In May, the Trump administration announced plans to undertake a rule-making process to help streamline the admission of H-2A workers into the U.S. and ease the administrative and cost burdens on growers using the program.
In a joint statement from the Secretaries of Agriculture, Sonny Perdue; Homeland Security, Kirstjen Nielsen; Labor, Alexander Acosta; and State; Mike Pompeo, the administration vowed to make improvements to the program.
In part, the statement read: “The Trump administration is committed to modernizing the H-2A visa program rules in a way that is responsive to stakeholder concerns and that deepens our confidence in the program as a source of legal and verified labor for agriculture — while also reinforcing the program’s strong employment and wage protections for the American workforce. In addition, by improving the H-2A visa program and substantially reducing its complexity, the administration also plans to incentivize farmers’ use of the E-Verify program to ensure their workforce is authorized to work in the U.S. As the agencies tasked with administering or facilitating the H-2A visa program, and thus closest to farmer and labor stakeholders, the Departments of State, Agriculture, Labor, and Homeland Security are embarking on a process to modernize the H-2A visa program by clarifying and improving the regulations governing the program. We look forward to delivering a more responsive program soon.”
I am not sure how the agriculture industry would feel about the E-Verify part, but delivering a more streamlined and responsive program surely would be welcomed. With all its flaws, the program has continued to grow in popularity. Nearly all citrus in the state is harvested by H-2A workers, and strawberry and blueberry growers are moving to it in a big way.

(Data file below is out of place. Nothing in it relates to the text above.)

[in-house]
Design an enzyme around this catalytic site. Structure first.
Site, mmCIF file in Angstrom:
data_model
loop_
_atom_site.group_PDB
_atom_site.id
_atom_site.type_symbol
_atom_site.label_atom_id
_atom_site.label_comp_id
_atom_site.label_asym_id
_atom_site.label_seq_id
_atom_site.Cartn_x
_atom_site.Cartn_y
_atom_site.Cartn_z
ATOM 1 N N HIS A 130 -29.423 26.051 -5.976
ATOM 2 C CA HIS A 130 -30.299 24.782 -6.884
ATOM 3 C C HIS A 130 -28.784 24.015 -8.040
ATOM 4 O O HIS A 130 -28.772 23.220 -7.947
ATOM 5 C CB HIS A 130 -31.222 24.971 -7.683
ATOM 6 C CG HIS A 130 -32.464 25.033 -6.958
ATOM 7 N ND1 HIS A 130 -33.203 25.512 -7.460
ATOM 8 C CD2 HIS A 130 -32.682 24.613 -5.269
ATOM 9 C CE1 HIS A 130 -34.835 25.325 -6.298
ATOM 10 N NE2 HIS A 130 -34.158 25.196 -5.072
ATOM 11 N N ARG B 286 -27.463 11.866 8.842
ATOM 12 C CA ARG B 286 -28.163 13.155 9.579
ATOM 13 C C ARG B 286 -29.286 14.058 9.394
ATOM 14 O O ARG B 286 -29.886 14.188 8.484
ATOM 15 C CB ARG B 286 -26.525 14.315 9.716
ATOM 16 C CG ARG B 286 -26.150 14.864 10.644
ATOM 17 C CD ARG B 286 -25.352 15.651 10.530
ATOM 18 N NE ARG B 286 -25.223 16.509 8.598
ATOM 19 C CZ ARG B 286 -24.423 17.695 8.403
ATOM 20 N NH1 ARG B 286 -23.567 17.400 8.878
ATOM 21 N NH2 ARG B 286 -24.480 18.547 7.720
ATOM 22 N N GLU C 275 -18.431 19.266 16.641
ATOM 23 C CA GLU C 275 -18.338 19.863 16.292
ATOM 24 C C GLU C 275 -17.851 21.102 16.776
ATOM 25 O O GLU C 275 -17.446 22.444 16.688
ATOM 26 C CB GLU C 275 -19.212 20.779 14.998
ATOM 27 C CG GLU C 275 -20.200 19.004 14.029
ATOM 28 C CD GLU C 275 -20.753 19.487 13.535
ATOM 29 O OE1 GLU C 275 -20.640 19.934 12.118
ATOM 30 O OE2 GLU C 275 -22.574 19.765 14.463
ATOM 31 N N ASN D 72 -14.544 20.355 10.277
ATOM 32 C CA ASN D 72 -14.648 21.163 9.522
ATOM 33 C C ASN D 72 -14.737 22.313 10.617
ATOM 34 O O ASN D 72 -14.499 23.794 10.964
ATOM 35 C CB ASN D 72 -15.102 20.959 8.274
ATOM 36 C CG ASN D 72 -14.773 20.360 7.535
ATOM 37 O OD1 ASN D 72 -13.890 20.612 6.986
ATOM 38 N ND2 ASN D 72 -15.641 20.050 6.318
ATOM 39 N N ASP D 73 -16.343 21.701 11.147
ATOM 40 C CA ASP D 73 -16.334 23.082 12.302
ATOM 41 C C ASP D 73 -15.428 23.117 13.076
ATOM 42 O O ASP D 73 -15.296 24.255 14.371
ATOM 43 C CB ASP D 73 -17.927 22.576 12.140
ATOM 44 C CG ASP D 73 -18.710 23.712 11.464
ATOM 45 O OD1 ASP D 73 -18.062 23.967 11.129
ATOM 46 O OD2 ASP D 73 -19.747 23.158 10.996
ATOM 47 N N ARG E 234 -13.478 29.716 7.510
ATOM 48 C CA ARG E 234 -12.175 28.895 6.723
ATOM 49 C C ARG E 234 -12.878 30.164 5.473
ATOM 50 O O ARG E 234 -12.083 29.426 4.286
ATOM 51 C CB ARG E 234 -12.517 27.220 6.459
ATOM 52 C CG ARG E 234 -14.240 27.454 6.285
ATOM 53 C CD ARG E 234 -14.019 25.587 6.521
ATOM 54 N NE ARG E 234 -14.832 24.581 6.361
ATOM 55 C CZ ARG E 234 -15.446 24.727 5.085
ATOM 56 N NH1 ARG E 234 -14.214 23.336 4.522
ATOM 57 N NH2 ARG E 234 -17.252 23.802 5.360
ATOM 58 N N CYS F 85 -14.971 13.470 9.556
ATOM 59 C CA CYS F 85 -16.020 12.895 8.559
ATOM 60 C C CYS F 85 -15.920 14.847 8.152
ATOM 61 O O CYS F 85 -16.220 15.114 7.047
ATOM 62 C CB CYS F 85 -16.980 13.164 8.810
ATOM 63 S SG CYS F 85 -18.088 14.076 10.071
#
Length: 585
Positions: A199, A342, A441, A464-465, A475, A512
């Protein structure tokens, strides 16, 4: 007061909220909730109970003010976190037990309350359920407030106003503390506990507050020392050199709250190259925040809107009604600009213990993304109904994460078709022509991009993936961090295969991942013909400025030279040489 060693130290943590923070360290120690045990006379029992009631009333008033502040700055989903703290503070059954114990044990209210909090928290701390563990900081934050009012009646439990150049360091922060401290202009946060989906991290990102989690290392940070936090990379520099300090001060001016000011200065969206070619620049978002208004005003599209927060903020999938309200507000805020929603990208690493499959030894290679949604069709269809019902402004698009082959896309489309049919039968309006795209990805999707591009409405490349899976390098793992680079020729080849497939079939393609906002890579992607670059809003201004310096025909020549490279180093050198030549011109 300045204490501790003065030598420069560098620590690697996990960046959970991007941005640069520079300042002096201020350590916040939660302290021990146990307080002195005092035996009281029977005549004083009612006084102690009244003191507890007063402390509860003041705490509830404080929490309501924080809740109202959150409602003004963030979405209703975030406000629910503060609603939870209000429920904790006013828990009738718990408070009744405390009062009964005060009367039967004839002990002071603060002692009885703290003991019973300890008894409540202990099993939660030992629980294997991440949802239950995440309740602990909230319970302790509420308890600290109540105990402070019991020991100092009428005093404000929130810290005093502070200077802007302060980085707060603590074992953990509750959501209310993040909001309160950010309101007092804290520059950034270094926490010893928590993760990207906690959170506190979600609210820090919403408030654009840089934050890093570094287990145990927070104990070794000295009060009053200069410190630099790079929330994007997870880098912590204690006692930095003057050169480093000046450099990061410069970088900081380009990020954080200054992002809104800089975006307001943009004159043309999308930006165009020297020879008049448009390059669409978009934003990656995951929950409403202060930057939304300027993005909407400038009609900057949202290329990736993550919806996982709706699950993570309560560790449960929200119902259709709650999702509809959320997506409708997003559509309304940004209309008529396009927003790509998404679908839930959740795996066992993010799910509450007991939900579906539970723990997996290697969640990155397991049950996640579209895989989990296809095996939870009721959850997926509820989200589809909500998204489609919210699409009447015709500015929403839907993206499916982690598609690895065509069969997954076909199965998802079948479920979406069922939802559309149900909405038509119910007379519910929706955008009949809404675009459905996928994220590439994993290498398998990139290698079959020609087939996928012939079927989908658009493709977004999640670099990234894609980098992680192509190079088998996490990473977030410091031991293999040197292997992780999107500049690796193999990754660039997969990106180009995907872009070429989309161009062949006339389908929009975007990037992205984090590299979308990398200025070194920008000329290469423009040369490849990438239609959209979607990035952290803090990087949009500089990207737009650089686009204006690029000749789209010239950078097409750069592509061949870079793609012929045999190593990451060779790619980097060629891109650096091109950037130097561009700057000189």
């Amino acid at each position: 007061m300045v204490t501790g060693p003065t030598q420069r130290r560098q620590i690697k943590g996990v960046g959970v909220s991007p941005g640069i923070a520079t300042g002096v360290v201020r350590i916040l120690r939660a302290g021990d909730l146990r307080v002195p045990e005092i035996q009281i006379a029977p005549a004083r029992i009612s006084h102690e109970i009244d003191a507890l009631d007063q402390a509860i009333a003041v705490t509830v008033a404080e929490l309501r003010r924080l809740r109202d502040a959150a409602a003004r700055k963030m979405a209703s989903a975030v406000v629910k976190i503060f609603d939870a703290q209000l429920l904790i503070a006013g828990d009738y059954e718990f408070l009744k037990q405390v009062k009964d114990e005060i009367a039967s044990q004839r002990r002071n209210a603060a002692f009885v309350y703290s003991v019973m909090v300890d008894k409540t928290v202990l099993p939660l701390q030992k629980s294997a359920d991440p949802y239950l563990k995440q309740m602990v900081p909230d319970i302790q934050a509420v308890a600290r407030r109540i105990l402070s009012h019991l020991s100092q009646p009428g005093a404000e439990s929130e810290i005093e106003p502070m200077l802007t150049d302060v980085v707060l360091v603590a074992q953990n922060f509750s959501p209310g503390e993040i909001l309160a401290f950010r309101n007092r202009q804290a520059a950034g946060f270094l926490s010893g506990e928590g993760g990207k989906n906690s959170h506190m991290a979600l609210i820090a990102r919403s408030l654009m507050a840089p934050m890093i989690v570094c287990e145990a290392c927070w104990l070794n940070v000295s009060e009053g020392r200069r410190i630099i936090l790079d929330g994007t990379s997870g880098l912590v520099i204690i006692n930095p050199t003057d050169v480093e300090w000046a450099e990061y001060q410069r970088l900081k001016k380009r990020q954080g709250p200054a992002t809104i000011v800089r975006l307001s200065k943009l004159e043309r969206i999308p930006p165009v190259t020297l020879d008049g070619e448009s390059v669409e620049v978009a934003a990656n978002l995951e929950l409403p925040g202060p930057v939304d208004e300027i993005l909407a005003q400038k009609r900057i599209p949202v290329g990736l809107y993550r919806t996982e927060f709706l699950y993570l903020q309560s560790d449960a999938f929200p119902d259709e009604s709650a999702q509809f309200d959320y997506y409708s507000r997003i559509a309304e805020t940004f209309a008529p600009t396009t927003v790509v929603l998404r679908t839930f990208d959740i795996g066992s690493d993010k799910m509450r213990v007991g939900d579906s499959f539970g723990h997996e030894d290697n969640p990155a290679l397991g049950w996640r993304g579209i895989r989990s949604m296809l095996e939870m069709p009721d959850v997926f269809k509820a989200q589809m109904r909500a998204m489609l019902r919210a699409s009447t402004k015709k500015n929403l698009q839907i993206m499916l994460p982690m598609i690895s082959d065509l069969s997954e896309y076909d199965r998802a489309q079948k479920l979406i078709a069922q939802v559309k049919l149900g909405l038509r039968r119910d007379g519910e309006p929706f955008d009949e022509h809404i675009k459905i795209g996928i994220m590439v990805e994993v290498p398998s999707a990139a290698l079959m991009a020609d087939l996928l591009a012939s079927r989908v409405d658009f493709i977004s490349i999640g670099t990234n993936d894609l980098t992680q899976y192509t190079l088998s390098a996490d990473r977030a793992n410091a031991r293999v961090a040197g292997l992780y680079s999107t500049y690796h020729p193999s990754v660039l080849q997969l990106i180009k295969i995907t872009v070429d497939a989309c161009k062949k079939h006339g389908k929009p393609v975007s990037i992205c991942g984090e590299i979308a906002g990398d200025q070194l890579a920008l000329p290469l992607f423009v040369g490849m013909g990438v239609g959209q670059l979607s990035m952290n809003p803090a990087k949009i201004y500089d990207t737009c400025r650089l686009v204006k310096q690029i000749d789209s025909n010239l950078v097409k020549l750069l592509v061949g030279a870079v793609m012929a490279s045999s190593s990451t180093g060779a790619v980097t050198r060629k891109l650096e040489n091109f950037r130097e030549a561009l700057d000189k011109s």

Florida ranks as the No. 1 user of the program in the country. Why? Because it is the only game in town that will deliver legal workers that growers can count on to come motivated to work and stay on their farms for the allotted amount of time specified by the visa.
I can’t tell you how many conversations I have had in recent years where growers tell me they hate this or that about H-2A. But at the end of the day, they need the program. That’s why demand is growing among growers here in Florida and beyond. Let’s hope these announced improvements ensure a large enough cap on visas to accommodate the growing need for the program.
Data recently released by the Department of Labor (DOL) indicates that U.S. farmers and ranchers continue to demand an increasingly large number of foreign workers via the H-2A program. In the second quarter of fiscal 2018, DOL certified 80,348 H-2A positions nationally, up more than 16% from the second quarter of fiscal 2017 when DOL certified 68,999 positions. Even more impressive, 2018 position certifications for this quarter are more than 150% higher than the same period just five years ago.
Beyond obtaining reliable labor, it is easy to understand why growers are gravitating to the program. Enforcement actions by the U.S. Immigrations and Customs Enforcement agency are up, putting growers on edge. Construction, especially in Florida, is booming and drawing people away from ag jobs. Fewer workers from Mexico are crossing the border seeking work. It all adds up to the need for a better and more accessible H-2A program.
Let’s hope the Trump administration delivers on its promise.